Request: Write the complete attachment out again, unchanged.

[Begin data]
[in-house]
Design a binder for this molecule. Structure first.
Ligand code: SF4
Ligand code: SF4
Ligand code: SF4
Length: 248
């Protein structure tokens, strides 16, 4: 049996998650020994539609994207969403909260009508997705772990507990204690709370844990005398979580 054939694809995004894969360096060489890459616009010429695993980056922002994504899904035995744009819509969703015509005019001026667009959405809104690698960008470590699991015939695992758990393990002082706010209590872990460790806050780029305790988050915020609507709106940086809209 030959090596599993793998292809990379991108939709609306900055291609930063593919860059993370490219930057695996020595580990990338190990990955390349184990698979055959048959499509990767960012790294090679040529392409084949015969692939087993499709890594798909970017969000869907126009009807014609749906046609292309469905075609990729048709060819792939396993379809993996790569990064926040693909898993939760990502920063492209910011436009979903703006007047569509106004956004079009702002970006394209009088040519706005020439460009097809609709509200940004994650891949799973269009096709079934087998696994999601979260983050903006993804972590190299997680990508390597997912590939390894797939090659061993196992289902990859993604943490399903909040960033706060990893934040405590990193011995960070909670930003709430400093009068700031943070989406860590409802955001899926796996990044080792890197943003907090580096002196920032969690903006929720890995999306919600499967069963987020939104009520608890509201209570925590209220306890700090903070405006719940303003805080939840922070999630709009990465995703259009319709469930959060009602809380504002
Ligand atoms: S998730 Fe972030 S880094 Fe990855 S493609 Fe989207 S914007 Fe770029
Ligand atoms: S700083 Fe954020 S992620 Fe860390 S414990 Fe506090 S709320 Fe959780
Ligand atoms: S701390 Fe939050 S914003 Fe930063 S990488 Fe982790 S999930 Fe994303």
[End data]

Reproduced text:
[in-house]
Design a binder for this molecule. Structure first.
Ligand code: SF4
Ligand code: SF4
Ligand code: SF4
Length: 248
């Protein structure tokens, strides 16, 4: 049996998650020994539609994207969403909260009508997705772990507990204690709370844990005398979580 054939694809995004894969360096060489890459616009010429695993980056922002994504899904035995744009819509969703015509005019001026667009959405809104690698960008470590699991015939695992758990393990002082706010209590872990460790806050780029305790988050915020609507709106940086809209 030959090596599993793998292809990379991108939709609306900055291609930063593919860059993370490219930057695996020595580990990338190990990955390349184990698979055959048959499509990767960012790294090679040529392409084949015969692939087993499709890594798909970017969000869907126009009807014609749906046609292309469905075609990729048709060819792939396993379809993996790569990064926040693909898993939760990502920063492209910011436009979903703006007047569509106004956004079009702002970006394209009088040519706005020439460009097809609709509200940004994650891949799973269009096709079934087998696994999601979260983050903006993804972590190299997680990508390597997912590939390894797939090659061993196992289902990859993604943490399903909040960033706060990893934040405590990193011995960070909670930003709430400093009068700031943070989406860590409802955001899926796996990044080792890197943003907090580096002196920032969690903006929720890995999306919600499967069963987020939104009520608890509201209570925590209220306890700090903070405006719940303003805080939840922070999630709009990465995703259009319709469930959060009602809380504002
Ligand atoms: S998730 Fe972030 S880094 Fe990855 S493609 Fe989207 S914007 Fe770029
Ligand atoms: S700083 Fe954020 S992620 Fe860390 S414990 Fe506090 S709320 Fe959780
Ligand atoms: S701390 Fe939050 S914003 Fe930063 S990488 Fe982790 S999930 Fe994303």